Ask any Manchester United fan about the post-Fergie era and chances are they’ll either attack you or start crying on your shoulder.
Is Jose Mourinho’s first term in charge of Manchester United a pass or a fail? No disrespect to the prestige of the League Cup, but the verdict depends wholly on Thursday’s Europa League showdown with Ajax.
Having given up on a top-four finish, Mourinho is banking on Europa triumph to qualify for next season’s Champions League. Victory may well paper over the cracks of a faltering campaign, but fans are right to be unimpressed.
United have registered 15 draws in the Premier League ‒ the most in the division ‒ with one round remaining. The Old Trafford faithful may have been spoiled by years of swashbuckling dominance under Alex Ferguson, but they’re hardly demanding achievements beyond their station.
As of 2017, United has the highest revenue of any club in football. More than Barcelona, Real Madrid, Bayern Munich, Juventus, Chelsea or whoever else you care to mention.
Blaming injuries, scheduling or referees doesn’t wash when you’re working with a blank cheque. There’s no such thing as bad luck at a club with United’s resources ‒ only bad management.
A squad that boasts the likes of Zlatan Ibrahimovic, Paul Pogba, Henrikh Mkhitaryan, Marcus Rashford, Anthony Martial, and Juan Mata should be able to dominate opponents, at least occasionally. Instead, the season has been a dirge, with Mourinho’s charges somehow less than the sum of their parts.
United have notched four or more goals only once in the league. Compare that to their rivals Spurs (9), Liverpool (7), Chelsea, Man City, and Arsenal (all 5). Even Everton have done it four times.
In the meantime, the Portuguese has alienated many by throwing players under the bus, most notably Luke Shaw. Managers can earn patience if it’s clear they’re building towards something. So too if they seem like a good egg. However, on-field impotence paired with Mourinho’s sourness off it have left the club desperately short of feel good factor.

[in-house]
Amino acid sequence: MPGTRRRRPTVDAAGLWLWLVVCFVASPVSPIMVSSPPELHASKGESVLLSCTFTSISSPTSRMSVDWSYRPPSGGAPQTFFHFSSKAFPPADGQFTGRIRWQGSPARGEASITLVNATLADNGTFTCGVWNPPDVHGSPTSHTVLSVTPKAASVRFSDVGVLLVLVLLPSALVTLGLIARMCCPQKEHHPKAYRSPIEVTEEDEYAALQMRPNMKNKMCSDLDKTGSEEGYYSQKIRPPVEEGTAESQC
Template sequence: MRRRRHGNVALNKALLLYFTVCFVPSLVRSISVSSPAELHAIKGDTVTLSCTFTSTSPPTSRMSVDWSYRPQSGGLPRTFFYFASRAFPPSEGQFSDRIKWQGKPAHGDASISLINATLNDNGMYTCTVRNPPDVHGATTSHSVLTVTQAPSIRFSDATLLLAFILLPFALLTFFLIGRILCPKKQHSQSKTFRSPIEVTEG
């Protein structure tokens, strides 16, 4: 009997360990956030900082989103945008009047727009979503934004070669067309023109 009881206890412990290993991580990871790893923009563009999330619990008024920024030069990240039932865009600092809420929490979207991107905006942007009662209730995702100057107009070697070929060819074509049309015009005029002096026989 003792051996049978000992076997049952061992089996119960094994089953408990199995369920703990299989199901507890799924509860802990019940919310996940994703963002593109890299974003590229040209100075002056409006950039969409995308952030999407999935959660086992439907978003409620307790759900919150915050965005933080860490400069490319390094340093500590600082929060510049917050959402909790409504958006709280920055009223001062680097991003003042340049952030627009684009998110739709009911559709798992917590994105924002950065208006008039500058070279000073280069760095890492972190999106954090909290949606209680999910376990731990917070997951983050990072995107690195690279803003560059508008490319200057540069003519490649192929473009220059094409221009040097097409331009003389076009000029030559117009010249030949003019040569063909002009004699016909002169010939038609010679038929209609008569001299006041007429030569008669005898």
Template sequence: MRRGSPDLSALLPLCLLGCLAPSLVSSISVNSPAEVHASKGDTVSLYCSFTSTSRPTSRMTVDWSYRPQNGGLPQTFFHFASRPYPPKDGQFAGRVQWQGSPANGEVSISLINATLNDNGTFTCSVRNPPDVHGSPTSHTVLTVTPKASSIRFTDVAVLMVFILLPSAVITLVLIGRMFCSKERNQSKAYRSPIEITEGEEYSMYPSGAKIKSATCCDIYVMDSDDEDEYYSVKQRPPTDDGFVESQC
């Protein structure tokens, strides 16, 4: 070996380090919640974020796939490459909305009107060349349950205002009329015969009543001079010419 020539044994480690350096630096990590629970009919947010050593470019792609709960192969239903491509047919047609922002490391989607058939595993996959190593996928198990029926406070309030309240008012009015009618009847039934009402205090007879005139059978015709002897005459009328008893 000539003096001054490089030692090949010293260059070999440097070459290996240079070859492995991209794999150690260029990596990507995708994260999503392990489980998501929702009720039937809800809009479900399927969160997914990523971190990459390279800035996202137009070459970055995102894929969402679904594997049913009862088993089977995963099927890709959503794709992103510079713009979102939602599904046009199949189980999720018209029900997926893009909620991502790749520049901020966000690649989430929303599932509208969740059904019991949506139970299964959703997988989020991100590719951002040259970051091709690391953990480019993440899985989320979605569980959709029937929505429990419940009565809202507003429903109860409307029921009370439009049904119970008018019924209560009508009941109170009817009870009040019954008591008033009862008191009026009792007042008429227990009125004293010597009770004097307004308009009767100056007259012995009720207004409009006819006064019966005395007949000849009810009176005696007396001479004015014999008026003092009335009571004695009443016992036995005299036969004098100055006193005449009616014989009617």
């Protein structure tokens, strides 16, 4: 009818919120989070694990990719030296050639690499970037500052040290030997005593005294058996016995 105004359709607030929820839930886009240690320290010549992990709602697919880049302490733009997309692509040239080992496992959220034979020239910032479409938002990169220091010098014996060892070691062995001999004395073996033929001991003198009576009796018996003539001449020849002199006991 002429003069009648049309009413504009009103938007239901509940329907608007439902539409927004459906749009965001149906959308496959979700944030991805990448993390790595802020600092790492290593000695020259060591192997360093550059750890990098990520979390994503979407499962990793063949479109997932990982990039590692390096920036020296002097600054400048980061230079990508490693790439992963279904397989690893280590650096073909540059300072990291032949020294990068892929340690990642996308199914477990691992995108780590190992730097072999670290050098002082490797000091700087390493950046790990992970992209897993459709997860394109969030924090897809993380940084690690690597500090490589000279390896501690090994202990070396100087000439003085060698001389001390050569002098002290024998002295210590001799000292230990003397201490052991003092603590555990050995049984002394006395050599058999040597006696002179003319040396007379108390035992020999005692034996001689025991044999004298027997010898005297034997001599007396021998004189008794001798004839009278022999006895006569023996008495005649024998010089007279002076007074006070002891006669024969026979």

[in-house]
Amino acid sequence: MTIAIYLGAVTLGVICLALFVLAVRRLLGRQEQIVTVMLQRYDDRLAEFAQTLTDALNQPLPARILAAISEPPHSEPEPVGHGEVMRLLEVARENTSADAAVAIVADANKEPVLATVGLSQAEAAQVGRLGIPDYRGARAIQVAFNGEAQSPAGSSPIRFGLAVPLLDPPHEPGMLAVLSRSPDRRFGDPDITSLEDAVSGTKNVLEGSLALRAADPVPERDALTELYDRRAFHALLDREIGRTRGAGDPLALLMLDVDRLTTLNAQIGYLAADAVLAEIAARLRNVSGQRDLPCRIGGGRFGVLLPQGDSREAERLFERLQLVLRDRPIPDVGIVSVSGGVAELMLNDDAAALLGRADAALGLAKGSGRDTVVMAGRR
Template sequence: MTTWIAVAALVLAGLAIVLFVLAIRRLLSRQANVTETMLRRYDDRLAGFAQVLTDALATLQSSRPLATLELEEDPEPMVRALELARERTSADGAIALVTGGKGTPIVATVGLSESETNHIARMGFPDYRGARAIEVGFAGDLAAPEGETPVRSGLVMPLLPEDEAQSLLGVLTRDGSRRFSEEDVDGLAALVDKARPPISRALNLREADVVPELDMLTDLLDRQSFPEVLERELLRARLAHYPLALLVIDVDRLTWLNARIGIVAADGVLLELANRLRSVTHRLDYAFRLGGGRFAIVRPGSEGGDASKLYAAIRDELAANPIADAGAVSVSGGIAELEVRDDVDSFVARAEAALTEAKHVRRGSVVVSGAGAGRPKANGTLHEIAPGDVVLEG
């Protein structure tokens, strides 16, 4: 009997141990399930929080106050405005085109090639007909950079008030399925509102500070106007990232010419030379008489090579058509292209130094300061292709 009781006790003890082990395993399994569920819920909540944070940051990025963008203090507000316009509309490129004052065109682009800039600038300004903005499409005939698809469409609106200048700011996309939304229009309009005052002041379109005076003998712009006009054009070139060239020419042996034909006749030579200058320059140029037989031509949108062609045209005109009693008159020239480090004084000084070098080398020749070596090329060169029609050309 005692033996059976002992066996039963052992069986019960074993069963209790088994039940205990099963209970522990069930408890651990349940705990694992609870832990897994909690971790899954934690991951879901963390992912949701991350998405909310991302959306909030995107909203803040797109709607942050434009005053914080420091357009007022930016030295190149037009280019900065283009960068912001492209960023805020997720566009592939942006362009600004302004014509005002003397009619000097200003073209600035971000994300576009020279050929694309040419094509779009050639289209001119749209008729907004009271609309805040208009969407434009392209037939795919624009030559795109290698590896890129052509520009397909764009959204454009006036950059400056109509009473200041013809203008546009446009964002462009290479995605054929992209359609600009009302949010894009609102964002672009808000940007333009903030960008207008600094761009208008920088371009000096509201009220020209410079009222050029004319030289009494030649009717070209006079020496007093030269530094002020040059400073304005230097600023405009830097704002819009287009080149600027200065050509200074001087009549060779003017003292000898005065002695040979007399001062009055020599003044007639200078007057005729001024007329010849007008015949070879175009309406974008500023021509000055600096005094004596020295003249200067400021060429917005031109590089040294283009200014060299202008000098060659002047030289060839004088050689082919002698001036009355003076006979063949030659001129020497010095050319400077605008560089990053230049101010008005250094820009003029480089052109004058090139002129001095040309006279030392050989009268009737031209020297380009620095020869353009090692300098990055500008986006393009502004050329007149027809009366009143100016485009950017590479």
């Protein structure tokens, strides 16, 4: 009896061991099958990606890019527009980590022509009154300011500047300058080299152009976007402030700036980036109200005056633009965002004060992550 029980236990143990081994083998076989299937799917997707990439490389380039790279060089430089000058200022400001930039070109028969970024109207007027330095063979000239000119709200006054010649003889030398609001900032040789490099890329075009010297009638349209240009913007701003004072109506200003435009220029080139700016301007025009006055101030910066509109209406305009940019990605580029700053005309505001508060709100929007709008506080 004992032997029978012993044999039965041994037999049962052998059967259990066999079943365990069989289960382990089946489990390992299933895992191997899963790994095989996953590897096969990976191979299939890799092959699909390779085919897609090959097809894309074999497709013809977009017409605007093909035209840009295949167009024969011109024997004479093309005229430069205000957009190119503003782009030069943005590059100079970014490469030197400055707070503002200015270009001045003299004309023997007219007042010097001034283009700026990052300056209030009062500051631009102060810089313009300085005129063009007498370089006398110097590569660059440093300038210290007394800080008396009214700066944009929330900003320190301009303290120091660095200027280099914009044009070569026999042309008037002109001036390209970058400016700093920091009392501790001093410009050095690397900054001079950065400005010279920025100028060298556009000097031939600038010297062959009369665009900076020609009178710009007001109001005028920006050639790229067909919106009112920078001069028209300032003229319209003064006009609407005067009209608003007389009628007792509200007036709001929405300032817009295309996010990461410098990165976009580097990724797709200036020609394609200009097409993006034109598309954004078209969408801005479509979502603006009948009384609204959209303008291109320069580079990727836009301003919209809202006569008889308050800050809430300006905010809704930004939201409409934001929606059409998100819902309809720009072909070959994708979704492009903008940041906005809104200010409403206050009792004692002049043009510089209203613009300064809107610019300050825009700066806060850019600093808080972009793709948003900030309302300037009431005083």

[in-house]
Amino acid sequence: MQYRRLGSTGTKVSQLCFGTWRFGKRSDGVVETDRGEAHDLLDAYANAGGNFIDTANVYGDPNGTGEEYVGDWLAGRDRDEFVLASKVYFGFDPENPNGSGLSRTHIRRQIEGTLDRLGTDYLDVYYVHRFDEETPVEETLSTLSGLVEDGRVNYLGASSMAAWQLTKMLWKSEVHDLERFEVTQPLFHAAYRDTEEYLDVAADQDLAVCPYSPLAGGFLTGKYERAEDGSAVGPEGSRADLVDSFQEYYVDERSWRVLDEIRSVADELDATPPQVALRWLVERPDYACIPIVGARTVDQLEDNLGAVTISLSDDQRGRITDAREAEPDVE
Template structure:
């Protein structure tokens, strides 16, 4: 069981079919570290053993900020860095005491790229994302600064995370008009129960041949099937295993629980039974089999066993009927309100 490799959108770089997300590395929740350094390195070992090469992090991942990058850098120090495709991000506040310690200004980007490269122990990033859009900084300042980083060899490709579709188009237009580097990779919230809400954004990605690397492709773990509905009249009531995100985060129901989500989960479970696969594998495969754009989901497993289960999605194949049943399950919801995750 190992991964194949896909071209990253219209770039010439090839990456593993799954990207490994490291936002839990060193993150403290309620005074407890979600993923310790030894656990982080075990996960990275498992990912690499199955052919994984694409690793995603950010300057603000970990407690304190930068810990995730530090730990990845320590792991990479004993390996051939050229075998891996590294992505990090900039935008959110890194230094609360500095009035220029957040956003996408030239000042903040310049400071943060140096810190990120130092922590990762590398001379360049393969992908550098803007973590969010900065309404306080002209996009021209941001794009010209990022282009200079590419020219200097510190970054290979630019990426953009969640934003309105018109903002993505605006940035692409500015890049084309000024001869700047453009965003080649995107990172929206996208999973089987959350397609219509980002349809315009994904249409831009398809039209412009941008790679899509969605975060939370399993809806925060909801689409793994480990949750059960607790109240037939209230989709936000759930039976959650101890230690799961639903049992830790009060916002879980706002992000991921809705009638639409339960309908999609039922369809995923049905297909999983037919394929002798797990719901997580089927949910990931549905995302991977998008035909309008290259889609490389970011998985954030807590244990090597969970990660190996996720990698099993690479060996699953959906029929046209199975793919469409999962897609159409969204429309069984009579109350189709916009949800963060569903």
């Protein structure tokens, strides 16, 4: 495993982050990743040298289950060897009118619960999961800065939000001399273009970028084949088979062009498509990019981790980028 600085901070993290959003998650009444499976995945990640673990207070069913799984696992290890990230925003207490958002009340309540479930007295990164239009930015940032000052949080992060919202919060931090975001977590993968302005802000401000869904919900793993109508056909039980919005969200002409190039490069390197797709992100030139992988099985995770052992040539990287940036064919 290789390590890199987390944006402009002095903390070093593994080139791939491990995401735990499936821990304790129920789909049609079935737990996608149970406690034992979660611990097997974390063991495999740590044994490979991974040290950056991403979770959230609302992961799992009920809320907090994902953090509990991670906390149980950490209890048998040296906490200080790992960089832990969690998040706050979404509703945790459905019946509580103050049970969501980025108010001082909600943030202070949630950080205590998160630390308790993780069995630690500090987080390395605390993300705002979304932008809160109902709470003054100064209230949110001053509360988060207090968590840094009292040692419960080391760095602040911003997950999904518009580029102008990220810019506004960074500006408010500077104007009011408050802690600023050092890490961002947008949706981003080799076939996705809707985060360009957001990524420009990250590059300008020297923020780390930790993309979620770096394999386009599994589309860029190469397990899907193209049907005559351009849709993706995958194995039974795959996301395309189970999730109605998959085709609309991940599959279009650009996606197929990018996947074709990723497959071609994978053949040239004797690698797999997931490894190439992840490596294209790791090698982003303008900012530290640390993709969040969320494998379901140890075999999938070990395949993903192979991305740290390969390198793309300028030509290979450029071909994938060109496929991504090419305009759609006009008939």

At a glance, there’s no denying Mourinho’s CV. He’s won titles in Portugal, England, Italy and Spain. He also has two Champions League medals from his stints at Porto and Inter.
But there’s a distinct pattern to his career. Two seasons at Porto. Three at Chelsea. Two at Inter. Three at Real Madrid. Two-and-a-half back at Chelsea. Many of these exits are listed as being ‘by mutual consent’ which, for those playing at home, is a euphemism for ‘acrimony’. Whatever his method, it appears to have diminishing returns.
With Sunday’s clash against Crystal Palace the curtain call ahead of Ajax, the concern is that Mourinho has no regard for momentum ‒ not to mention the goodwill of fans. Both are major oversights for a manager of his experience.
United’s recent league form reads: five games, zero wins, three draws (Southampton, Swansea, Man City), two losses (Arsenal, Tottenham), and a whopping two goals scored.
Mourinho admitted this week that the team to face Crystal Palace will essentially be a sacrificial lambs XI. When asked if there was anything to be gained from the match, he said “No, the only positive is to save my players for Wednesday.”
“For the kids it will be a big occasion. But I think the best debut for a young player is in the middle of an experienced structure where he can be supported. To play so many kids at the same time, honestly I don’t think it’s good.”
Throughout the press conference, Mourinho acted like every word he was obliged to utter was an unbearable imposition. He’s always been reluctant to promote youth players, unless as a last resort or to spite defiant first-teamers.
Arrogance has always been a handicap for forward planning. This is a man who’s taken a route entirely of his own choosing, dropping excuses along the way like breadcrumbs should he need to explain his way out.
Football management is often a catchment for curmudgeons, but Mourinho’s unique brand of smug-sour has become particularly grating. The mask slipped during his shambolic final season with Chelsea, and it remains askew. His commitment to sucking the joy out of football means I will always find his failures hilarious.
When things kick off in Stockholm on Thursday, I doubt I’ll be the only neutral cheering on Ajax.